to buy more industrial land in Napa. And the recent removal of the vineyards would seem to imply that development interests and the property owners know the outcome of the Supervsors meeting on Jun 22nd and the swift passage of the project through the County meatgrinder.
The property will provide direct access via S. Kelly Rd to the Jameson Canyon freeway (Lincoln Hwy) without having to use Hwy 29 and its 29/Airport Rd bottleneck. It will, of course, create a new bottleneck at the Lincoln Hwy/S Kelly Rd intersection. The significance of the widening of the Jameson Canyon highway, championed by Sup. Bill Dodd, to the urban development of Napa County can't be overstated. It has made possible the development of an industrial hub that gives the central valley wine industry a link to the Napa name, and it eases the use of commuting workers and contractors from outside the county allowing continued growth of the tourism industry. It also lays the groundwork for a Highway 12 freeway connecting the central valley to Sonoma county, and the opportunity for massive tourism projects along its route. (See the Hudson
The project is one more building block in the urbanization of the space between Napa and the rest of the Bay Area and another addition to the alley of warehouses that will define the entry to the Napa Valley. It is one more indication of the difficulty in maintaining Napa as an agricultural enclave in the expanding meglapolis for the next 50 years. Napa wines have already been priced out of the world marketplace because of the urban-level land and labor prices, and now are desperately trying to survive as a tourist good. The Napa wine industry's survival, embodied by the warehouses that will bury the Hess vinyards, seems to be moving toward the claim of being the cellaring and bottling capital of California's wine industry, a mark of status on the back of the bottle if not the front.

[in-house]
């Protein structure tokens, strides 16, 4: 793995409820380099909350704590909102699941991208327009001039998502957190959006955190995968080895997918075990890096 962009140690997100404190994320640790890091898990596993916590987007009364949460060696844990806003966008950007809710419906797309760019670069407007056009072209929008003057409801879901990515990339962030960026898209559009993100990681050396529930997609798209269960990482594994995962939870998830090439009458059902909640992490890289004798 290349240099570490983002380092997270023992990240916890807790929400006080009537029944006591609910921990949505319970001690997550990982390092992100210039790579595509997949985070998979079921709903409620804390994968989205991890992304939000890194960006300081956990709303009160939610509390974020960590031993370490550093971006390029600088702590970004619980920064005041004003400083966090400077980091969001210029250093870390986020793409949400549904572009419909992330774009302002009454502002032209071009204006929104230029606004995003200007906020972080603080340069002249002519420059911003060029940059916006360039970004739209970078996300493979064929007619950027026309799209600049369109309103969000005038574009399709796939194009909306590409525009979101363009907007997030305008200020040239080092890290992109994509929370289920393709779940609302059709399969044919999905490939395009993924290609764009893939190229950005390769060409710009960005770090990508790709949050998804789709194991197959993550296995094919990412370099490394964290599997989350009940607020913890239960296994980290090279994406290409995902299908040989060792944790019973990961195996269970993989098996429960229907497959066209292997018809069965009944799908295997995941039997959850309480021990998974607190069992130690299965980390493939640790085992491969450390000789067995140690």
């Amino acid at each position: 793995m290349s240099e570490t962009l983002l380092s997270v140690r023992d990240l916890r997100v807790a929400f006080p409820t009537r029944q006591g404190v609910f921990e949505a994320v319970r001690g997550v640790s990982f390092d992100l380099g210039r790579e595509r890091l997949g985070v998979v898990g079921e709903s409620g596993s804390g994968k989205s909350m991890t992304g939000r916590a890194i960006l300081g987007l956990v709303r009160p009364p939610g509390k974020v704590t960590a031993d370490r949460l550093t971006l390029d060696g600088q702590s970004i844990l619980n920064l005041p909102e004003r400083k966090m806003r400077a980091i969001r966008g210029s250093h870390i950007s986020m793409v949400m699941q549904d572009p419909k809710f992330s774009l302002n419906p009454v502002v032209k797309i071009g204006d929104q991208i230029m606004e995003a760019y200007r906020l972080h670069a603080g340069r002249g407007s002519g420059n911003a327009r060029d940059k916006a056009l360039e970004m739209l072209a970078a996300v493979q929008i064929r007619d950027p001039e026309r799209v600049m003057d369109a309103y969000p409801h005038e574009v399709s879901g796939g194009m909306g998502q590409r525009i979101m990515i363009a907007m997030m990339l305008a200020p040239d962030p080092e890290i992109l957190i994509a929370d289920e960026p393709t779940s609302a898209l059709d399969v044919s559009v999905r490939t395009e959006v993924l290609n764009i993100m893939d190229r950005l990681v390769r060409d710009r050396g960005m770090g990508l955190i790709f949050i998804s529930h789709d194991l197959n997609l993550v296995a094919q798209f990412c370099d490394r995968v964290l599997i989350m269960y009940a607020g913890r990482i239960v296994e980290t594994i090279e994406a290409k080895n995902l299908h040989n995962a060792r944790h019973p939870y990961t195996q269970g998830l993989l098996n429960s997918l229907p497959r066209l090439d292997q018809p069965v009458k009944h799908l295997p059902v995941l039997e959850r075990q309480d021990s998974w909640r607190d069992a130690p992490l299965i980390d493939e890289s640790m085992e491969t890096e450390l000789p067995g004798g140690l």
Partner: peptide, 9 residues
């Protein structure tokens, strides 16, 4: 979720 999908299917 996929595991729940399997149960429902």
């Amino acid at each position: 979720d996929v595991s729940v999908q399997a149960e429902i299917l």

7/9/17 Napa Logistics Park
NVR 7/9/17: Hello IKEA. So long, vineyards?
NVR 6/23/17: Developers lament short supply of industrial land in Napa County
As was the intention, no doubt, the title of Noel Brinkerhoff's article, less the question mark, could be the epitath on the Ag Preserve's tombstone.
The scale of the Napa Logistics Park development is more visible when you realize that IKEA's northern California distribution center would fit iinto just one of its four buildings. Napa Logistics Park is only a part of the unbuilt industrial development in the AmCan Industrial area and the Napa Airport industrial area just to the north. Who would have thought that Napa would eventually be known more as a light industrial center, a blue-collar Silicone Valley, rather than a bucholic agricultural Eden. Yet that will be the overwhelming reality of the "Napa Experience" as visitors are stuck in the traffic jam at Bottleneck Junction
with an alley of tiltup warehouses as their only view of Wine Country. And no 600 foot setbacks here.
The fact that real estate interests are bemoaning the scarcity of industrial property and that the county is suggesting that vineyard land with less expensive grapes might fill the bill shows where things are headed. All that is needed now is a definition for "less expensive" to be codified in the next update of the general plan. Under $10,000/ton, perhaps?